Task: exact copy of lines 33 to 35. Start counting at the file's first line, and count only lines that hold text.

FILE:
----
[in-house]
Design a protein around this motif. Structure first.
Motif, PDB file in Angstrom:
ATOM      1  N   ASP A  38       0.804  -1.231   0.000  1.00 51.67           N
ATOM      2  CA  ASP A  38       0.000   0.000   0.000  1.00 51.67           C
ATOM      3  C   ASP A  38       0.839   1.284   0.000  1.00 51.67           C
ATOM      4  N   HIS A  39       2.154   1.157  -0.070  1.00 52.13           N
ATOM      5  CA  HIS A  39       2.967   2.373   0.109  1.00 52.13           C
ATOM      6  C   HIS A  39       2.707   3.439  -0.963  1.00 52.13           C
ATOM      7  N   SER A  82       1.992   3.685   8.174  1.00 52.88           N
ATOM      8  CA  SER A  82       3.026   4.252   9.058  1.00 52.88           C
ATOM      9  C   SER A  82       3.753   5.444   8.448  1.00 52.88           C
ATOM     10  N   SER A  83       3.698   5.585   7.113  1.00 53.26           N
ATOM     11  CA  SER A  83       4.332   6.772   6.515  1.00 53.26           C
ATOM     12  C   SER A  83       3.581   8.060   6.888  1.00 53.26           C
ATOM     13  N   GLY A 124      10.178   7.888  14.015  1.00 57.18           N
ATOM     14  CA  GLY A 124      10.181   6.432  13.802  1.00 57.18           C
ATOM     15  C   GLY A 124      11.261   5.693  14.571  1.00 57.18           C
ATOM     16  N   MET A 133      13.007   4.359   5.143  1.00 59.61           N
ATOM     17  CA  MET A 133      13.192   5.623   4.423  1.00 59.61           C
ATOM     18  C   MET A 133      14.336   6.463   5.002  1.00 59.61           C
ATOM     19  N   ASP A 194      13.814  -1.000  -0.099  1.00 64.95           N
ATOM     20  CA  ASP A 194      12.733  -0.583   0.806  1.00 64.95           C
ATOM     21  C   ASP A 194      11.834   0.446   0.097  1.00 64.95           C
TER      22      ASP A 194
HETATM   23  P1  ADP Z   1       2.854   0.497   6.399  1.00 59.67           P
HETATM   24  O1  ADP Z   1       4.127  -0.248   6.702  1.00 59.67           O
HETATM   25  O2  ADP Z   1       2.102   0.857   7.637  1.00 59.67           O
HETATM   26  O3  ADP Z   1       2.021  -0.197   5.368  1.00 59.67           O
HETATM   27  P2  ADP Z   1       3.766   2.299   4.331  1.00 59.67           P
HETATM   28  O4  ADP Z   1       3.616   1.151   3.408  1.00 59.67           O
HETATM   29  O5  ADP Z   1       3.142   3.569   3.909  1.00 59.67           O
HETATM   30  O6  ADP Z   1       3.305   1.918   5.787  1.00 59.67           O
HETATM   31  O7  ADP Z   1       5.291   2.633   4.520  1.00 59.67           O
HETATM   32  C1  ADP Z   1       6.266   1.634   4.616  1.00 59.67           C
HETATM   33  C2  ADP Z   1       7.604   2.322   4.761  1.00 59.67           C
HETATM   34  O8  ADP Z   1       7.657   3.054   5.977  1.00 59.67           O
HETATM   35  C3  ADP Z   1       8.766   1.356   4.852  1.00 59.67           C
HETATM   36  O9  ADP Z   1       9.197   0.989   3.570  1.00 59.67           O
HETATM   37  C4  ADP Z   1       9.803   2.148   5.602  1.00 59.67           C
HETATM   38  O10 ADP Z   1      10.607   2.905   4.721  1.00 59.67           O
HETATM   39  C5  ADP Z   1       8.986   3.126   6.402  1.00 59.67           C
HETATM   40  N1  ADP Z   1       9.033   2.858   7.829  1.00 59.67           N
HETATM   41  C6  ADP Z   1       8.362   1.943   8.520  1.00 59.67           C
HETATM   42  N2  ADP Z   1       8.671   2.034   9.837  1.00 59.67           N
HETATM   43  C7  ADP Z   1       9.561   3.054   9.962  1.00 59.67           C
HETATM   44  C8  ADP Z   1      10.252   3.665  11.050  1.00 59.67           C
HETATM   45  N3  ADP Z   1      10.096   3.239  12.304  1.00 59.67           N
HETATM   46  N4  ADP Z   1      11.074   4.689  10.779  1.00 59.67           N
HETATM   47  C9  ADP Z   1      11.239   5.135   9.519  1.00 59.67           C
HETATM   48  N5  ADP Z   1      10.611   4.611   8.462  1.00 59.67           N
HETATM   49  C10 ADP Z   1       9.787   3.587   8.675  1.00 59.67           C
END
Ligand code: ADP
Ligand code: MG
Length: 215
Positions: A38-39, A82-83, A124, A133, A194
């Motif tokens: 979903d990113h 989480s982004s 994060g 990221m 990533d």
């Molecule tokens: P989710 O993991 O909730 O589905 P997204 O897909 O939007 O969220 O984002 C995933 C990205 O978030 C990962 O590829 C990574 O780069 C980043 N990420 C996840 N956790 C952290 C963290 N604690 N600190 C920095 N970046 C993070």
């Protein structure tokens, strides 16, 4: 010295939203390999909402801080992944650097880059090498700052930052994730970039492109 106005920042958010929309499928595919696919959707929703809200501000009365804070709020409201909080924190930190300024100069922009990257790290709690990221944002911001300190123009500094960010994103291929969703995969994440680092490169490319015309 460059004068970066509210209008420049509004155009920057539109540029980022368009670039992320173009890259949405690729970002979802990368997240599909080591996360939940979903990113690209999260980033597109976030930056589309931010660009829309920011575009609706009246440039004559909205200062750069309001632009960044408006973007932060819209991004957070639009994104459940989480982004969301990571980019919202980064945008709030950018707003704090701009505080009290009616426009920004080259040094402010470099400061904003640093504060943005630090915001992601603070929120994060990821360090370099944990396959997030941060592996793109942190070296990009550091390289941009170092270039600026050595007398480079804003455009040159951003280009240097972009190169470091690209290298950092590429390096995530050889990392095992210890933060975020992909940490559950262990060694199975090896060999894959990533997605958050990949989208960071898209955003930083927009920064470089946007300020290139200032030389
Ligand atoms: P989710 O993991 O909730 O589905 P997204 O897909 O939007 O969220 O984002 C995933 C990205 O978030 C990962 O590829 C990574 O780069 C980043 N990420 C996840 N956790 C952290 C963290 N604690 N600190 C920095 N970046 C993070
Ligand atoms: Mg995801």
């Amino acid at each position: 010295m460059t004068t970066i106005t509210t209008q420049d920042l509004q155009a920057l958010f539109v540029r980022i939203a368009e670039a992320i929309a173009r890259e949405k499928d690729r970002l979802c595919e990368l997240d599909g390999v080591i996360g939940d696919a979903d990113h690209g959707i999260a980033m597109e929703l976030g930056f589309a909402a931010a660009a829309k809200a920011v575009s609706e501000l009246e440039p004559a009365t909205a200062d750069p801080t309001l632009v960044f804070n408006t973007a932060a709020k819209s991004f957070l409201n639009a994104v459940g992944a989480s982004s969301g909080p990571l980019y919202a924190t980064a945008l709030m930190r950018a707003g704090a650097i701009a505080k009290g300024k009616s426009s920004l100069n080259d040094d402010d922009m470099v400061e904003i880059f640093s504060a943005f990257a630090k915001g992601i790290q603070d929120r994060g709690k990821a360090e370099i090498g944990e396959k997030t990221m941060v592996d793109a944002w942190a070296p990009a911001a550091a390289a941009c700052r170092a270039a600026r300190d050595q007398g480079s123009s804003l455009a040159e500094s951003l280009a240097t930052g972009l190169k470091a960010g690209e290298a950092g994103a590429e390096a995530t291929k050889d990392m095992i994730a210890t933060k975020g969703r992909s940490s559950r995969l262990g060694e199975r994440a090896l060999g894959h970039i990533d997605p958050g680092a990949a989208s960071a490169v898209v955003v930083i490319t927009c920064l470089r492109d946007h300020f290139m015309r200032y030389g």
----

HETATM   30  O6  ADP Z   1       3.305   1.918   5.787  1.00 59.67           O
HETATM   31  O7  ADP Z   1       5.291   2.633   4.520  1.00 59.67           O
HETATM   32  C1  ADP Z   1       6.266   1.634   4.616  1.00 59.67           C